Ok, so there’s no sense in me repeating everything I just linked to. So to boil down what you need to know for this part, I’ll explain that we’re talking about a classic 3-Act structure, in which the middle act is broken down into two parts, separated by the midpoint. Because that’s awkward to talk about, for now until the end of time, we’ll be talking about the story in terms of 4 parts. These parts will be separated by 3 key plot points. So the story goes like this:

  • Part 1
  • First Plot Point (FPP)
  • Part 2
  • Midpoint (MP)
  • Part 3
  • Second Plot Point (SPP)
  • Part 4

Now, especially since these are out of order, you’ll probably have a much easier time understanding what I’m asking of you if you go read through the Storyfix series and come back. But I’ll do my best to explain what these things are and include.

Part 1 is the setup of your story. While it will have a something that hooks the reader, things will happen in there that are important, etc, the story hasn’t actually started in part 1. Grasping this, by the way, has been huge for me. In part 1 you’ll need to be introducing most or all of your characters. You’re giving us a sense of where your protagonist is, both in terms of place and place in the world. What is his life like now, before everything changes? What does he need? What does he want? What does he have to lose?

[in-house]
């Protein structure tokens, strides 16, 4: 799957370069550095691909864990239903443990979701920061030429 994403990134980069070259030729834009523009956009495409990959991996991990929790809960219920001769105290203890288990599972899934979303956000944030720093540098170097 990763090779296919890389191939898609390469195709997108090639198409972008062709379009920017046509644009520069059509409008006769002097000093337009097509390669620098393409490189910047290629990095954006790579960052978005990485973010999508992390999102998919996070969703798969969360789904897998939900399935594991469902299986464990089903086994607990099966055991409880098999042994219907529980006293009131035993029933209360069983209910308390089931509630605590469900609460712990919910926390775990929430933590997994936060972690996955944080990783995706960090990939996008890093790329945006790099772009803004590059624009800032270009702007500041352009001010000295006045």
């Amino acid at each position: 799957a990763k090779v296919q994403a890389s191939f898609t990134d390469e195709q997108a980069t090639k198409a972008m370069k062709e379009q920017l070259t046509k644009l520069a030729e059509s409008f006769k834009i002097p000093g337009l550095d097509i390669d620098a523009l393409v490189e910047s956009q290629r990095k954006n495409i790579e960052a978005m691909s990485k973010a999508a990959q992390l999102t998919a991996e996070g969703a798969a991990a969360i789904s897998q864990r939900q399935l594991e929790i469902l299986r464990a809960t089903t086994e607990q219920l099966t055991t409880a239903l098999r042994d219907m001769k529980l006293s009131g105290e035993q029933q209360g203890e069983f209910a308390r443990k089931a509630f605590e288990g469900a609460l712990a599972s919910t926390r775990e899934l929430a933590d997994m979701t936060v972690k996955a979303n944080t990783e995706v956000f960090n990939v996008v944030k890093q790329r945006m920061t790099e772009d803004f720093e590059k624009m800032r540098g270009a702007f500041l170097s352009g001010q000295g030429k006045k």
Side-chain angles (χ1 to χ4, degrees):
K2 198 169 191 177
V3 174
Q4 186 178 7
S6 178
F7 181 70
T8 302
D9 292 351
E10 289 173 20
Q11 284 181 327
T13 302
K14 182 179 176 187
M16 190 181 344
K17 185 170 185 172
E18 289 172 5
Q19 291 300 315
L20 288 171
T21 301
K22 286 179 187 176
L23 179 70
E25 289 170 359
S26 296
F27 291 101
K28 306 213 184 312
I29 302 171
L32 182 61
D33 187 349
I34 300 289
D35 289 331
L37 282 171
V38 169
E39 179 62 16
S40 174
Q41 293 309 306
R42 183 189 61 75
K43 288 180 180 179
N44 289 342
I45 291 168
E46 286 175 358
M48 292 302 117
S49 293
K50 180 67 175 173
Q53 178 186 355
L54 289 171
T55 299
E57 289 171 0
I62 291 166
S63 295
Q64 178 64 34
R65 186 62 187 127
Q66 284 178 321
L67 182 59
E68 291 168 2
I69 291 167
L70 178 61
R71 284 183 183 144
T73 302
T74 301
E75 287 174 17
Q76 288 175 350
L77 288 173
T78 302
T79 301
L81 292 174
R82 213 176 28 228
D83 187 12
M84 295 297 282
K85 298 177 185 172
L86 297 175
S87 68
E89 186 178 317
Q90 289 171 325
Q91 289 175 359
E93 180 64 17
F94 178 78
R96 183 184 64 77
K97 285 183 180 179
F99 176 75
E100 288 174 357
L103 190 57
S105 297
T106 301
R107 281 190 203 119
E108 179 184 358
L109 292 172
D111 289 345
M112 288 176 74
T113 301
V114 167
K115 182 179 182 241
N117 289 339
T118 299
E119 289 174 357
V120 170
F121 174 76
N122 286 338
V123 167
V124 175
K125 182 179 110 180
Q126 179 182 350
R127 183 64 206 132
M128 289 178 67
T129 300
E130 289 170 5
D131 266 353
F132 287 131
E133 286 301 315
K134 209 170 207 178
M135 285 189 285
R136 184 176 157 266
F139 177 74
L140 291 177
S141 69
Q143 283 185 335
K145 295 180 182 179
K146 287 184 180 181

Did I mention that everything changes? That’s your FPP, and it’s the most important moment in the story. This is the thing that pulls your character from where he is and sets him on the path toward his destiny (which is the story’s end). And it’s probably going to be something your character is reluctant to do because, hey, scary, plus there are probably things in his life he doesn’t want to risk. But whatever happens at the FPP is such that he MUST move forward into the story world.

After the FPP, your hero and your story move into Part 2 in which your hero makes an effort but…let’s face it: if he were man enough to take this on, the story would be over. He’s got a lot of work to do. There are some different ways to approach part 2, as failed attempts to deal with the problem, as avoidance, as gathering a team to combat the problem or focusing on training…